Sunday, September 19, 2010

Pondering - Pain (Heaven vs. Hell and Poverty)

"We know much more about heaven than hell, for heaven is the home of humanity and therefore contains all that is implied in a glorified human life: but hell was not made ofr men. It is in no sense parallel to heavin: it is the 'darkness outside,' the outer rim where being fades away into nonentity."

- Dr. Edwyn Bevan (quoted in The Problem of Pain by C.S. Lewis)

I finished reading The Problem of Pain today. What a difficult book to read. I will probably need to re-read this book a few times to really understand everything C.S. Lewis wrote. Some of the stuff I had already come in contact with through my courses at Seattle Pacific University. Reading this book was like chewing on tough meat. You don't really finish it or feel full without taking multiple bites.

There were two things that stood out to me the most in the book. His discussion about Heaven and Hell and secondly, how poverty is related to pain.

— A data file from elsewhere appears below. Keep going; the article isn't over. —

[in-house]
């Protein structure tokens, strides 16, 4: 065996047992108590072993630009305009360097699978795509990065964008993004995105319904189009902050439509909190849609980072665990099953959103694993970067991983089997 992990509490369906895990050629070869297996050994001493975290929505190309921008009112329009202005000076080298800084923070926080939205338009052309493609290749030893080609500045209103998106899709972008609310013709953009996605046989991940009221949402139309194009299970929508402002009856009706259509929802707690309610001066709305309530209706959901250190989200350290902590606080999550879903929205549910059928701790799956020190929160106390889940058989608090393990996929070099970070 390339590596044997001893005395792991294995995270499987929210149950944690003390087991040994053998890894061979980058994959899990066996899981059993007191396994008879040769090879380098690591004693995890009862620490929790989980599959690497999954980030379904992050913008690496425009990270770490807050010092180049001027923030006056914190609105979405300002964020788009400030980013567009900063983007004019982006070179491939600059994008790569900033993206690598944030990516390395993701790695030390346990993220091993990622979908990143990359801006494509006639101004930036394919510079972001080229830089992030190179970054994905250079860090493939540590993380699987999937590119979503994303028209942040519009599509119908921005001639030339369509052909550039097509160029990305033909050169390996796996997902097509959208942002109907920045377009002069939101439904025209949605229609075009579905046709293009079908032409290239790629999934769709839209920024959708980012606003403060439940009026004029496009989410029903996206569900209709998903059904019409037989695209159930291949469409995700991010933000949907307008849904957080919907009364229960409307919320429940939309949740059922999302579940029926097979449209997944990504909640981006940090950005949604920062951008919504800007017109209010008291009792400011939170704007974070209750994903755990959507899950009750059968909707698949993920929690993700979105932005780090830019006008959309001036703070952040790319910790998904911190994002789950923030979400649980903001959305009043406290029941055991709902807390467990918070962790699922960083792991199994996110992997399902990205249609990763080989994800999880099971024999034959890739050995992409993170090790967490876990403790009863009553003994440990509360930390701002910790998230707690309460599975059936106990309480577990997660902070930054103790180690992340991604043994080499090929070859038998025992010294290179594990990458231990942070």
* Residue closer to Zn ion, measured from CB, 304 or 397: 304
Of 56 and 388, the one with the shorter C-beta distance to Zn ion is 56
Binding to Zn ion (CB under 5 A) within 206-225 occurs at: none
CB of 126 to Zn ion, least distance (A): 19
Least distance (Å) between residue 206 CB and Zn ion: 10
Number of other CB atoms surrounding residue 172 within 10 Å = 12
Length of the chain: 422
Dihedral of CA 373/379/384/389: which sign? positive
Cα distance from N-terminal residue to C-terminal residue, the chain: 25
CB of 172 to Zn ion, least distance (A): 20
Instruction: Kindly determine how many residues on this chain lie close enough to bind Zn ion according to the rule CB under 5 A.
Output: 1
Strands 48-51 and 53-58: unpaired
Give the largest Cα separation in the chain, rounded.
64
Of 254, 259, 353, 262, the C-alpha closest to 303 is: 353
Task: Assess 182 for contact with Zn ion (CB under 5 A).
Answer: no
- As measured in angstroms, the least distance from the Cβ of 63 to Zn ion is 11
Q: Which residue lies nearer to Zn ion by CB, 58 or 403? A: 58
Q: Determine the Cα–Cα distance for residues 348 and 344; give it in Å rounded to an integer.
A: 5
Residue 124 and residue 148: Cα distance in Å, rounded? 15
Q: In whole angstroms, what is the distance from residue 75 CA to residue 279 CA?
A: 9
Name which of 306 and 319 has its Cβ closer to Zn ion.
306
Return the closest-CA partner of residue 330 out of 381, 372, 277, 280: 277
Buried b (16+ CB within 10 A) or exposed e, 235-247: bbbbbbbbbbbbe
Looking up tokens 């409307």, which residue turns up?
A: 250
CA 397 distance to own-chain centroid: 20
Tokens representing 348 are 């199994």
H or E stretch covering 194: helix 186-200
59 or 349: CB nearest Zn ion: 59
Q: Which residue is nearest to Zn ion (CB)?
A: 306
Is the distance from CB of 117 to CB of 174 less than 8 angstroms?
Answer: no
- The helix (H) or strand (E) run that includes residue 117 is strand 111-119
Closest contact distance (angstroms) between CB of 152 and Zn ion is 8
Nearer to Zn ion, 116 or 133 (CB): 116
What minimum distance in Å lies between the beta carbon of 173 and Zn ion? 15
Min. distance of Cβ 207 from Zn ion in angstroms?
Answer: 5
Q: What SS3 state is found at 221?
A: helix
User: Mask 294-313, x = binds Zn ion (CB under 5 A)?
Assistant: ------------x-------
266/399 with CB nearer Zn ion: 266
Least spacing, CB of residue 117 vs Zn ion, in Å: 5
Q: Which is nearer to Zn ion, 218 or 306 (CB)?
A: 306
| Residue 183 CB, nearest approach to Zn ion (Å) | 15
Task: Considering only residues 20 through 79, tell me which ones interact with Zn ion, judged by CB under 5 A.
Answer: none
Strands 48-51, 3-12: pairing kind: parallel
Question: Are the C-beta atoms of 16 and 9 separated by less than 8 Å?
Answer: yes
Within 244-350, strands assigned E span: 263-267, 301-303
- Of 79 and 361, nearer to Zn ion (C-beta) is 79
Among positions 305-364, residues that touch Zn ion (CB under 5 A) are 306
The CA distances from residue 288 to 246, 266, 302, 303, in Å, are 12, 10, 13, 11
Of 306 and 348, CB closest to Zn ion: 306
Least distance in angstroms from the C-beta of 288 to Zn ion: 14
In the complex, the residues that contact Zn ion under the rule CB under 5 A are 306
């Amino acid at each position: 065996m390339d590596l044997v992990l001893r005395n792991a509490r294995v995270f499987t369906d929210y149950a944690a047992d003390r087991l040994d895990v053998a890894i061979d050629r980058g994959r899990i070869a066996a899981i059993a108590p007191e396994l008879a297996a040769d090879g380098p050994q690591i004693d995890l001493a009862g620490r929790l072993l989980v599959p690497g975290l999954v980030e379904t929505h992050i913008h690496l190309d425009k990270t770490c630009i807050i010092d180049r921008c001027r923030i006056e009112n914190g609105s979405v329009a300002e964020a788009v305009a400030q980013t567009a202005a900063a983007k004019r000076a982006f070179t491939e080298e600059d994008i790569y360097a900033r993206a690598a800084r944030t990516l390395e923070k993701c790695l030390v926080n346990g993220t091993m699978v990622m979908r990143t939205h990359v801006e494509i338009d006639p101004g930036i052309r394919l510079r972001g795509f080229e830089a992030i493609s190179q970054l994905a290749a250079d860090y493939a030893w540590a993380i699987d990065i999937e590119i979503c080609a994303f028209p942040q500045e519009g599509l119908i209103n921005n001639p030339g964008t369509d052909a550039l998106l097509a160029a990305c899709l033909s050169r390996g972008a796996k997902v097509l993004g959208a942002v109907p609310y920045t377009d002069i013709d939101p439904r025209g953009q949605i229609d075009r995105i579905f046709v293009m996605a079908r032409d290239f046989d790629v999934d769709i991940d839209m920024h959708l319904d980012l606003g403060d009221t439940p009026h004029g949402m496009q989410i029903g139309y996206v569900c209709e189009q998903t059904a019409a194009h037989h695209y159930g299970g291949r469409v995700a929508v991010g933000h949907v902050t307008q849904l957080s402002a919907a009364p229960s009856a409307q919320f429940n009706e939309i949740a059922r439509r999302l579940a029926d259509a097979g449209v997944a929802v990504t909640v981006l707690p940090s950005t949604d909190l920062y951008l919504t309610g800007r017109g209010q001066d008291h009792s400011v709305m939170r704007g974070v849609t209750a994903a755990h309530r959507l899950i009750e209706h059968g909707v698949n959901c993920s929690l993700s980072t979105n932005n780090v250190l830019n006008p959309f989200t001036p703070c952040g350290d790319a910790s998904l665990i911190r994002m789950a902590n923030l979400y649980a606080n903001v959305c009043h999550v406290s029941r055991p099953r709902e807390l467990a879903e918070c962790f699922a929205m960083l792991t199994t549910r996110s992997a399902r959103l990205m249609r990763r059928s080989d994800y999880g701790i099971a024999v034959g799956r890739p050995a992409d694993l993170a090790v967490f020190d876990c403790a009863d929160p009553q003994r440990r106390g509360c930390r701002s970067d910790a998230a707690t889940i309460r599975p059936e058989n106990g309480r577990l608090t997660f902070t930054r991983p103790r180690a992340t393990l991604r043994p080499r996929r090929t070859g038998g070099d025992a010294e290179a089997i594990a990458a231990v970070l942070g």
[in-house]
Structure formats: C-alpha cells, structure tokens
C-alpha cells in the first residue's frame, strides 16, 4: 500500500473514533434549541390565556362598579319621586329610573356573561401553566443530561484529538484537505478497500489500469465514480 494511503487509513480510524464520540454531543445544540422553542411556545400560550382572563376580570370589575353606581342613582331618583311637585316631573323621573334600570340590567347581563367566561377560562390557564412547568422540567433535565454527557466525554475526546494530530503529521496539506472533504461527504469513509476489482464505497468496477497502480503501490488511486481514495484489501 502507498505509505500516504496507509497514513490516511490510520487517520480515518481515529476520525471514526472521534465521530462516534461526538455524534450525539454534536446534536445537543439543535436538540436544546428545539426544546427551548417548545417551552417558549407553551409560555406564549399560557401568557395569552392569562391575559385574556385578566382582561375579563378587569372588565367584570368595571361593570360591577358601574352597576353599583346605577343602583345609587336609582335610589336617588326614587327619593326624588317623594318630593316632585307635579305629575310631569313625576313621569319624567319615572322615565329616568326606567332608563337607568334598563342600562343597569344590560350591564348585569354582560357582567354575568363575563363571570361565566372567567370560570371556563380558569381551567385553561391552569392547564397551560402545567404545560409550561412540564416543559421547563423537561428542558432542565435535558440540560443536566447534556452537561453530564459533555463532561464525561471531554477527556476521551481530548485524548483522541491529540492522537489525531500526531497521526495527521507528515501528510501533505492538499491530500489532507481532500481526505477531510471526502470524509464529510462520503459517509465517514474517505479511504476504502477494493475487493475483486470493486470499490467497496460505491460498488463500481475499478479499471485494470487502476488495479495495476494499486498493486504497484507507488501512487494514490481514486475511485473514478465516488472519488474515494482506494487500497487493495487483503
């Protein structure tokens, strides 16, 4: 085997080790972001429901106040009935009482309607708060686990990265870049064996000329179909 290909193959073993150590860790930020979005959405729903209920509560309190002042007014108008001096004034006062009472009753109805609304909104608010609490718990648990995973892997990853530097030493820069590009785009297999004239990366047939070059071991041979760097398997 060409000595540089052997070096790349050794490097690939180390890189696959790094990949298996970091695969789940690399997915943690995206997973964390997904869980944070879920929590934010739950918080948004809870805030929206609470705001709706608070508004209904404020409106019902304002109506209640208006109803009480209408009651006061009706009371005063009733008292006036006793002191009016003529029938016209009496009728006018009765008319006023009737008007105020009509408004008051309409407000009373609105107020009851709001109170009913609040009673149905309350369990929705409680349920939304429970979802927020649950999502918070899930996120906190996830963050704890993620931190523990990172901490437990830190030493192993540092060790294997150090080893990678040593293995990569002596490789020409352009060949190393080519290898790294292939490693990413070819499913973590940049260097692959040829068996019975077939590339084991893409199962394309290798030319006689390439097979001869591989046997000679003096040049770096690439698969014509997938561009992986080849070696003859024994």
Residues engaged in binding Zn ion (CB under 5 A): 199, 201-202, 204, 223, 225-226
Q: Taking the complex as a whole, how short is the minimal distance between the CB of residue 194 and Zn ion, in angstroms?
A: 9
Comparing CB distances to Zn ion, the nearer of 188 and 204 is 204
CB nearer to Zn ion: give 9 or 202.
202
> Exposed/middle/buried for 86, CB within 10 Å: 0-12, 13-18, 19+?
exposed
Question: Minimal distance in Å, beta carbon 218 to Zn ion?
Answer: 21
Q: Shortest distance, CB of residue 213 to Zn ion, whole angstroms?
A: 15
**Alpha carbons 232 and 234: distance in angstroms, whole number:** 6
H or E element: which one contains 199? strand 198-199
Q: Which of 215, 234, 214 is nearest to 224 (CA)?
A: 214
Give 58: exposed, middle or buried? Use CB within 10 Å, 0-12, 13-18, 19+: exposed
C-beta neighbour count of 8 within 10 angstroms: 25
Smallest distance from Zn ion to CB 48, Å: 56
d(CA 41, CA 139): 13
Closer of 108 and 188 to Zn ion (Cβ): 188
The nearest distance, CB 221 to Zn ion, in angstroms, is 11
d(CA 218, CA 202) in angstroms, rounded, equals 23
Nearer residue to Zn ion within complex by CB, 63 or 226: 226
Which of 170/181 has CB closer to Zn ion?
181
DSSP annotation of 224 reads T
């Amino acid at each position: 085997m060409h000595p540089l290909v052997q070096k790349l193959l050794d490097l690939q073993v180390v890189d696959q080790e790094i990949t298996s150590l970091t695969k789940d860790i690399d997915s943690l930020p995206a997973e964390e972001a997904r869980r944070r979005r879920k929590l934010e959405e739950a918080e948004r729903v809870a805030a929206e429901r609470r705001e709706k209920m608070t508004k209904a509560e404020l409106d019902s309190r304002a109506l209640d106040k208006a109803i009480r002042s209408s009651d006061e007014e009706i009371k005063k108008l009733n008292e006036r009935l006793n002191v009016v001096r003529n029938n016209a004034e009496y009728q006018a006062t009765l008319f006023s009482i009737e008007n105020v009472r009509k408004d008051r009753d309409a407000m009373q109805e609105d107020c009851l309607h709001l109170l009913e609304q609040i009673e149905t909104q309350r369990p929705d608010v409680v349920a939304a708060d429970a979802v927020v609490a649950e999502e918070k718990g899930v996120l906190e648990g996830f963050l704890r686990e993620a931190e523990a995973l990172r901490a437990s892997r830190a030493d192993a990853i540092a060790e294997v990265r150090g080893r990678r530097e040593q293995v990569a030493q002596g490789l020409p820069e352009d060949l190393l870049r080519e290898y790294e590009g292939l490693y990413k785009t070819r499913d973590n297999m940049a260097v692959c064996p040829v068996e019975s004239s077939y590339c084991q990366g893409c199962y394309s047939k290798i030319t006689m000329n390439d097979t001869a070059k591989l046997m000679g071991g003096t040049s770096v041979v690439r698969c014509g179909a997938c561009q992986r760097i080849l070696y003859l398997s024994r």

"Of poverty - the affliction which actually or potentially includes all other afflictions - I would not dare to speak as from myself; and those who reject Christianity will not be moved by Christ's statement that poverty is blessed. But here a rather remarkable fact comes to my aid. Those who would most scornfully repudiate Christianity as a mere 'opiate of the people' have a contempt for the rich, that is, for all mankind excep tthe poor. They regard the poor as the only people worth preserving from 'liquidation,' and place in them the only hope of the human race. But this is not compatible with a belief that the effects of poverty on those who suffer it are wholly evil; it even implies that they are good. The Marxist thus finds himself in real agreement with the Christian in those two beliefs which Christianity paradoxically demands - that poverty is blessed and yet ought to be removed."

- The Problem of Pain pg. 109

These two things stood out the most to me while I was reading. Perhaps it's because there is so much poverty and suffering due to poverty that Lewis' statement stuck out to me. Perhaps, it's the hope of heaven that makes me think about how wonderful that 'pie in the sky' will truly be. Whatever the case may be, these are the things I am thinking about and contemplating how that affects the actions and choices I make each day.

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